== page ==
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Interfaith bankruptcy judge: Work it out amongst yourselves

Interfaith bankruptcy judge: Work it out amongst yourselves
Faith-keepers: Members of the two unions at Interfaith Medical Center march outside bankruptcy court on Nov. 13 to keep their hospital open.
Photo by Elizabeth Graham

A bankruptcy judge ordered those who care about the fate of Interfaith Medical Center to go into mediation, giving the hospital a possible shot at a new life.

Bankruptcy Judge Carla Craig, who has entertained arguments from all sides of the battle over the state’s plan to close the Bedford-Stuyvesant medical center, on Wednesday ordered the hospital’s management, two unions, and the state to all sit down and come up with a plan they can agree on. The move takes the court temporarily off the hook for deciding what will become of the hospital that the state and hospital management originally wanted to close this month before they were held up by judicial delays and opposition by staffers. The management in the middle applauded the latest decision.

“This is really very good news,” said Interfaith Hospital spokeswoman Melissa Krantz. “Hopefully, we can come up with a plan that everyone is happy about and the hospital can have a future.”

The hospital on Atlantic Avenue between Albany and Troy avenues had been set to close in mid-November because it is saddled with debt and hemorrhaging over $1 million per month.

The stakeholders have been to bankruptcy court several times over the past three months to hammer out a closure plan, but Craig repeatedly refused to sign off on one. The hospital’s executives are confident they and the other stakeholders can hash something out.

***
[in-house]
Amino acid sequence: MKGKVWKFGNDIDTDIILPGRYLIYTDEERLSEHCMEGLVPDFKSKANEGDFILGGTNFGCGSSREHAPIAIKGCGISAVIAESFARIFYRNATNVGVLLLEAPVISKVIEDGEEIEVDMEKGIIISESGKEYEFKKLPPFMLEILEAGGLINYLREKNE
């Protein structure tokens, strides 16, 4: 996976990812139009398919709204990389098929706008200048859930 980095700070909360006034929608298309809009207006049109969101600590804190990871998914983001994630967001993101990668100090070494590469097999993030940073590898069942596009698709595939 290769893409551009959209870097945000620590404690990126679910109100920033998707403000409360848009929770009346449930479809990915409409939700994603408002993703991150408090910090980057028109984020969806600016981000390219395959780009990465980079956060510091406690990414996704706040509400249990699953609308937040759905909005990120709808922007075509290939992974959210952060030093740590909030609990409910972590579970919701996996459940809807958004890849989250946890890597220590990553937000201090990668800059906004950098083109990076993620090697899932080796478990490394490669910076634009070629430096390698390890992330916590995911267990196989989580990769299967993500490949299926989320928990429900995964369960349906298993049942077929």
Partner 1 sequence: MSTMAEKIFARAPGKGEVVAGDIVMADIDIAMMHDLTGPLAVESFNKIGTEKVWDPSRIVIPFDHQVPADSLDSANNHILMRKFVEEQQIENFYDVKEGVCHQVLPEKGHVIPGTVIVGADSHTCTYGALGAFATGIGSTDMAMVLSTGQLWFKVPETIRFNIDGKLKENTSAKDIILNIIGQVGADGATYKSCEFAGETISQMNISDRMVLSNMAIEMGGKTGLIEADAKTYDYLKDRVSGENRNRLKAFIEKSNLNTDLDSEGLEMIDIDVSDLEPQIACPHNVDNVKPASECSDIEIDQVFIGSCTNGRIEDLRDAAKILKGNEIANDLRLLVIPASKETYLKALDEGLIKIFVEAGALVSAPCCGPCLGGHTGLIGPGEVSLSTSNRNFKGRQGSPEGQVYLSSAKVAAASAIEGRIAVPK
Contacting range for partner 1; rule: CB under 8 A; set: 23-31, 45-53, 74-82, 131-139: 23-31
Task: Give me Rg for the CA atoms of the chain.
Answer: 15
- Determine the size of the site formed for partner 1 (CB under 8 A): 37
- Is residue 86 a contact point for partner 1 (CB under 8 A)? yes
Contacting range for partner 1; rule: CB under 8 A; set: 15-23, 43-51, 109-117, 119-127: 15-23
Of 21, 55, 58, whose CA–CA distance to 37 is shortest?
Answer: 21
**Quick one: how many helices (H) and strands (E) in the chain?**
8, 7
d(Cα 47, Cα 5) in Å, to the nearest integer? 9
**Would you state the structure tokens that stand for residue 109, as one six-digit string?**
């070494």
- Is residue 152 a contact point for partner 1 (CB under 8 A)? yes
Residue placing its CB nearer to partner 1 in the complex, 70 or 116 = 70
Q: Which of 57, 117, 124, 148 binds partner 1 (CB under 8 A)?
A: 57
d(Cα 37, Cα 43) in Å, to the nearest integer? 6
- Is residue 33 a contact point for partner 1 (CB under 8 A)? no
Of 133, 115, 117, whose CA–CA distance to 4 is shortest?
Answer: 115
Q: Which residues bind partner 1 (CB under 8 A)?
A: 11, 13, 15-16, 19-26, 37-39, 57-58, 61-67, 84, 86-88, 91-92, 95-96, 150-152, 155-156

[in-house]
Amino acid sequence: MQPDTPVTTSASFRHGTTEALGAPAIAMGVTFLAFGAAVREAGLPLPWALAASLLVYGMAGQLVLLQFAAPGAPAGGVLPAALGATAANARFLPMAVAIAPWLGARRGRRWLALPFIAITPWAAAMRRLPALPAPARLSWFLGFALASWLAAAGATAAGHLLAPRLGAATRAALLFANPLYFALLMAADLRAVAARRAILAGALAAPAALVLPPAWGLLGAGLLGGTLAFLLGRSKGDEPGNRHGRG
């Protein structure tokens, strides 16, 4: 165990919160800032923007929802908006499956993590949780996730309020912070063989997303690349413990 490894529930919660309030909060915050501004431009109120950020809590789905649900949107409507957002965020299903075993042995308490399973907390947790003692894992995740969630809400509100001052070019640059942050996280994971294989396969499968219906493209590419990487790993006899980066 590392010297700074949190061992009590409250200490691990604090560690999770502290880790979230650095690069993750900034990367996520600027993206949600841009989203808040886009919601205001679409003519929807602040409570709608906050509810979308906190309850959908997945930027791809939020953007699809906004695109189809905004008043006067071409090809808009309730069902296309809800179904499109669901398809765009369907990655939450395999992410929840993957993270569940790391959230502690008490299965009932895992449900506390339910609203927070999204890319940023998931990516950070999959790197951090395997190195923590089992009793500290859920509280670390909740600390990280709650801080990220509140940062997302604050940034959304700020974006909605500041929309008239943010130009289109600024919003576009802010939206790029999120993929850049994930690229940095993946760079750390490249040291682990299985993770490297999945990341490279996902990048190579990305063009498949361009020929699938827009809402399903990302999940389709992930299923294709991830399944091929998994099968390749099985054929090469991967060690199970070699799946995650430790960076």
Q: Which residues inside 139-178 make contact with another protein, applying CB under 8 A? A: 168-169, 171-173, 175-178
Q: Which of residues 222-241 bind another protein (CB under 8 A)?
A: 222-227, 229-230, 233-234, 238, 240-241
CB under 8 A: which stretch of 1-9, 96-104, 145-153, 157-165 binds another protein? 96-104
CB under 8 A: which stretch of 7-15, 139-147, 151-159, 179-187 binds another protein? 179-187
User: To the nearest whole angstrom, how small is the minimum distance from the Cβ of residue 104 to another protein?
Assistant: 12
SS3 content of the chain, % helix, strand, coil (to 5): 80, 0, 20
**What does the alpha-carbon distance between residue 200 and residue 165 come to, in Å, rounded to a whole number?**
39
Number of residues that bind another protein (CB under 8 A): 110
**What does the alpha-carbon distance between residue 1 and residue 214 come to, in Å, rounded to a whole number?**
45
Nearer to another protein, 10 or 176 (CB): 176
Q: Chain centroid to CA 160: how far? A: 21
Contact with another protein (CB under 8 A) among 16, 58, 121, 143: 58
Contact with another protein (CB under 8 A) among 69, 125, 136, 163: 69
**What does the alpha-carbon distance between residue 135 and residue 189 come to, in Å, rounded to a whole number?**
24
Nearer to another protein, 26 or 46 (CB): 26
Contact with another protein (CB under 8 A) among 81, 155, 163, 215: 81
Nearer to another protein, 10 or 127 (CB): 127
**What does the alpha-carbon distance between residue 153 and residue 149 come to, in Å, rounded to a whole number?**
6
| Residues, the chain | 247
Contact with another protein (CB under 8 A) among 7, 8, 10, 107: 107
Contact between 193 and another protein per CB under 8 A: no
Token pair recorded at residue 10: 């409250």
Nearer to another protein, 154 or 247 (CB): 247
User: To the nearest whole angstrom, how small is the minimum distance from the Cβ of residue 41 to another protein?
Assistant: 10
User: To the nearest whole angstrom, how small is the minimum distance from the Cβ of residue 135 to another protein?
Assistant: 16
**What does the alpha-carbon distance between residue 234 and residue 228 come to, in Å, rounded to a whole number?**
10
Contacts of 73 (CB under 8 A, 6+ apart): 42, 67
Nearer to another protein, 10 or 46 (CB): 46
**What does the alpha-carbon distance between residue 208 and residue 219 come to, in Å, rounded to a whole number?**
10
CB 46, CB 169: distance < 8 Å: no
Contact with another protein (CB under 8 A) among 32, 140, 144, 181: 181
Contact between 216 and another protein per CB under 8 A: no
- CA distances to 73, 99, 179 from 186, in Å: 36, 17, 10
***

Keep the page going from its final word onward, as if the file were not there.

“Once we get everyone sitting together, I think we will be able to come up with something,” said Krantz.

Interfaith workers are eager to get talking, too.

“We are looking forward to contributing to the conversation with the goal of ensuring that any plan for the future of Interfaith takes the needs of the community into account,” said Ari Moma, a psychiatric nurse at the hospital and an elected leader of the New York State Nurses Association.

If the hospital closes, the state would have to identify replacement health care providers for the 300,000 residents who go to Interfaith annually, and to find new places for the hospital’s 1,544 employees to work.

Hospital administrators have said they tried to save the hospital by cutting about $30 million in annual expenses between 2010 and 2012, but the state demanded earlier this summer that it close for good.

So far, no date has been set for a first mediation meeting.

Reach reporter Danielle Furfaro at dfurfaro@cnglocal.com or by calling (718) 260-2511. Follow her at twitter.com/DanielleFurfaro.
Life support: A judge gave Interfaith Medical Center more time to live when she ordered those who run it into mediation.
Associated Press

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